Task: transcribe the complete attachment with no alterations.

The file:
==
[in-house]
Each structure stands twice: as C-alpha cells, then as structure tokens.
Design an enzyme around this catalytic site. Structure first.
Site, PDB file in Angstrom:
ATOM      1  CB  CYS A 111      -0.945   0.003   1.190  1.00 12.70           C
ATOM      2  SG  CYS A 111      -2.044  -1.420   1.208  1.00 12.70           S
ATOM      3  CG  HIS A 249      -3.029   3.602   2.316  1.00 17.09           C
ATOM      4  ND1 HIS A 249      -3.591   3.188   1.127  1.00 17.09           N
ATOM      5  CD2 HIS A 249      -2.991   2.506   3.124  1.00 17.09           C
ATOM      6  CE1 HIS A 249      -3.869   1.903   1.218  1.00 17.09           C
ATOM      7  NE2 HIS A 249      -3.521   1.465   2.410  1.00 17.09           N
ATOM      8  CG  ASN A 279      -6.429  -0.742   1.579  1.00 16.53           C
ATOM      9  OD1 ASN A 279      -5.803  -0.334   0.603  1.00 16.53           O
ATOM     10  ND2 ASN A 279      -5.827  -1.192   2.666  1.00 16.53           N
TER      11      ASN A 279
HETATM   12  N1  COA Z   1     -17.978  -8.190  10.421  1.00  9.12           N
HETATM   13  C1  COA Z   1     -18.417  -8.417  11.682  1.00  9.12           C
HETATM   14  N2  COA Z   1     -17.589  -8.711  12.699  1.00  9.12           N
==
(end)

[in-house]
Each structure stands twice: as C-alpha cells, then as structure tokens.
Design an enzyme around this catalytic site. Structure first.
Site, PDB file in Angstrom:
ATOM      1  CB  CYS A 111      -0.945   0.003   1.190  1.00 12.70           C
ATOM      2  SG  CYS A 111      -2.044  -1.420   1.208  1.00 12.70           S
ATOM      3  CG  HIS A 249      -3.029   3.602   2.316  1.00 17.09           C
ATOM      4  ND1 HIS A 249      -3.591   3.188   1.127  1.00 17.09           N
ATOM      5  CD2 HIS A 249      -2.991   2.506   3.124  1.00 17.09           C
ATOM      6  CE1 HIS A 249      -3.869   1.903   1.218  1.00 17.09           C
ATOM      7  NE2 HIS A 249      -3.521   1.465   2.410  1.00 17.09           N
ATOM      8  CG  ASN A 279      -6.429  -0.742   1.579  1.00 16.53           C
ATOM      9  OD1 ASN A 279      -5.803  -0.334   0.603  1.00 16.53           O
ATOM     10  ND2 ASN A 279      -5.827  -1.192   2.666  1.00 16.53           N
TER      11      ASN A 279
HETATM   12  N1  COA Z   1     -17.978  -8.190  10.421  1.00  9.12           N
HETATM   13  C1  COA Z   1     -18.417  -8.417  11.682  1.00  9.12           C
HETATM   14  N2  COA Z   1     -17.589  -8.711  12.699  1.00  9.12           N